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A singular feature of the battle was that it was witnessed by almost the entire population of the city, at that time estimated at 5,000. There was more or less friction between the civil and military authorities till July 2, 1864, when martial law was declared. On May 11, 1866, a conflict occurred between the police, citizens and the negro soldiery stationed at the forts. Bad feeling was existing between the police and soldiers, some of whom were of a very disreputable class, and Gen. Stoneman says some of the police were not of the best. The soldiers were used to execute the orders of the Government agents, marshals, etc., and were frequently brought in conflict with the police. A deadly feud grew up, which was encouraged by agitators and demagogues. A reign of terror existed from the 1st to the 3d of May, which was only suppressed by Gen. Wallace and the leading citizens. About twenty-four negroes were killed, and property estimated at $120,000 was destroyed. These disturbances have long since passed away.

In Elmwood Cemetery is set apart a portion for the repose of the Confederate dead. In this are buried 117, who were residents of Memphis and vicinity. Besides these there are nearly 1,000 from Arkansas and other States. There is now in course of erection a monument, whose towering shaft is to perpetuate the memory of the fallen.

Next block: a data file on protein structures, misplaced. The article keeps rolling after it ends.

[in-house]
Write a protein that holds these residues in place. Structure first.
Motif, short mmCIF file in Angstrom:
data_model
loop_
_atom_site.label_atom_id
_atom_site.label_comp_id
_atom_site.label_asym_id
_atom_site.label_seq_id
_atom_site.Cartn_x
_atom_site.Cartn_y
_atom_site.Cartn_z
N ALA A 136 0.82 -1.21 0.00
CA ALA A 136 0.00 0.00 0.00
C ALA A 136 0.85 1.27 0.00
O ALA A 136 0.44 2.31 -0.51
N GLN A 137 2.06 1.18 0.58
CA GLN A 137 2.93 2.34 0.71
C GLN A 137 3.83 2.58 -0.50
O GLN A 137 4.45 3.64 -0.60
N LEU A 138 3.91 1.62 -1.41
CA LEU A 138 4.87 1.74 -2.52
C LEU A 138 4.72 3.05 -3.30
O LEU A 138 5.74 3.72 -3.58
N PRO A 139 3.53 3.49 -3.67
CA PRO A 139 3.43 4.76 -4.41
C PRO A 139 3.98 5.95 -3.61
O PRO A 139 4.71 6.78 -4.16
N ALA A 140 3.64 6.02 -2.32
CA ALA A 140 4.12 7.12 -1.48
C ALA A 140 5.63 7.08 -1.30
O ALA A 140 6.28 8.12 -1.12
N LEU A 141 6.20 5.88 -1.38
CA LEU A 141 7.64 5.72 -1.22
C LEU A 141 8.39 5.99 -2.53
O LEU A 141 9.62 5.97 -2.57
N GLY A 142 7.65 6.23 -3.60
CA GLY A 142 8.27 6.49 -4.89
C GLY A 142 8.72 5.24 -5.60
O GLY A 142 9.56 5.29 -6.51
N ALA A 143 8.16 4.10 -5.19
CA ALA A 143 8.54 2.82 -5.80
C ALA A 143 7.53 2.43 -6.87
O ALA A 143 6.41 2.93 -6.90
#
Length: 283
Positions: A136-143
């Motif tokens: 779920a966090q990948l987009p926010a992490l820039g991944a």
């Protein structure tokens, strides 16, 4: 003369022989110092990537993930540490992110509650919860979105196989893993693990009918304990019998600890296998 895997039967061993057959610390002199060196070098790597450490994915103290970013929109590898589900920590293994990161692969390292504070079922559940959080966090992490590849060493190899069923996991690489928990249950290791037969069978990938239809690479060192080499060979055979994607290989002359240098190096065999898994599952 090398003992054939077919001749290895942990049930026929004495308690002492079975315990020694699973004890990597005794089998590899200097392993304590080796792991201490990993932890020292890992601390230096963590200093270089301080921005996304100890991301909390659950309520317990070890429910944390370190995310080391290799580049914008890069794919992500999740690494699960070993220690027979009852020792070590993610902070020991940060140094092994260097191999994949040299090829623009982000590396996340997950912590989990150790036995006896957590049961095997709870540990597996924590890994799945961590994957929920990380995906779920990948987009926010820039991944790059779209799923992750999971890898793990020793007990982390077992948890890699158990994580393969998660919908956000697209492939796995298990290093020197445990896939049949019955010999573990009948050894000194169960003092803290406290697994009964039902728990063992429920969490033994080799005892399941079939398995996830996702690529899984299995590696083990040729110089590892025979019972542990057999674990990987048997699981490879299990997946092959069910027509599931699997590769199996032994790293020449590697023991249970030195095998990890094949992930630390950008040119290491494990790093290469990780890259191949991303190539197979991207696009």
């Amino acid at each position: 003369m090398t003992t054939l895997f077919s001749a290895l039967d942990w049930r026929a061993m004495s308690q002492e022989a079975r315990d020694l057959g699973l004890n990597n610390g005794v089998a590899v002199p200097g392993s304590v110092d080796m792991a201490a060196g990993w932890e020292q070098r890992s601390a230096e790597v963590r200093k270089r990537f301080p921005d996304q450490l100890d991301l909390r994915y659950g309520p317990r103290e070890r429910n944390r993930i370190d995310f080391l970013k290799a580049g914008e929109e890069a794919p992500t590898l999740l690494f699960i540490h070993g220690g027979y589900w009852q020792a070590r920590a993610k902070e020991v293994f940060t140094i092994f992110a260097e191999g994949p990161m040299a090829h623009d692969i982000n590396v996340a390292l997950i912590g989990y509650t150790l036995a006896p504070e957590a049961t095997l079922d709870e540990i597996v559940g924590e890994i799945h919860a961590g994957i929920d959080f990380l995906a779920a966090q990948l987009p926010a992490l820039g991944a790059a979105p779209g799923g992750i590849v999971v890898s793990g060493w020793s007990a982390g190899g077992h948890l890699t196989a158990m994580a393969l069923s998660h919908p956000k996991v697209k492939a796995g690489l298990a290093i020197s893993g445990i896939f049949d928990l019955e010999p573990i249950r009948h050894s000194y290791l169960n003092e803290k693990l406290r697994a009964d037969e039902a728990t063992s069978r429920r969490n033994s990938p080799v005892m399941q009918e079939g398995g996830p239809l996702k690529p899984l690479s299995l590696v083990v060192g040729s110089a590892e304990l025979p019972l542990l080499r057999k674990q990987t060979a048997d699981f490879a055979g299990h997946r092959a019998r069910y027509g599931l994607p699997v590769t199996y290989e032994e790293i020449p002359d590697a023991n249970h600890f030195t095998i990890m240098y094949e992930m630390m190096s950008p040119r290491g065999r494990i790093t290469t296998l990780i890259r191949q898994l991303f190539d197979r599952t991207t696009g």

The National Cemetery was established in 1867. The land was selected and purchased by Rev. W. B. Earnshaw, Lieut.-Col. A. W. Willis and Maj. G. W. Marshall. It was first called the Mississippi River National Cemetery, but has since been named the Memphis National Cemetery. There was purchased forty-four acres of ground for which there was paid $9,817.56. A space about 800x1,800 feet, about thirty-seven acres, is enclosed by a brick wall; the remaining seven acres are enclosed by a wooden fence. In the main enclosure are buried the remains of the soldiers. This enclosure also contains the house of the superintendent and such other buildings as are necessary. Sections are set apart for the regular army, the navy, and each of the States whose soldiers are buried there. There is also the " Fort Pillow Section," containing 248 dead. The cemetery contains the remains of all who died from Kentucky to Mississippi, including both sides of the river. It is the fourth cemetery in size in the United States. The order and size are as follows: Vicksburg, 16,588; Nashville, 16,538; Arlington, 16,260, and Memphis, 13,932. In 1874 there had been expended upon the cemetery $249,556.66. It is beautifully shaded and has nice drive ways. Capt. Hess is the present superintendent.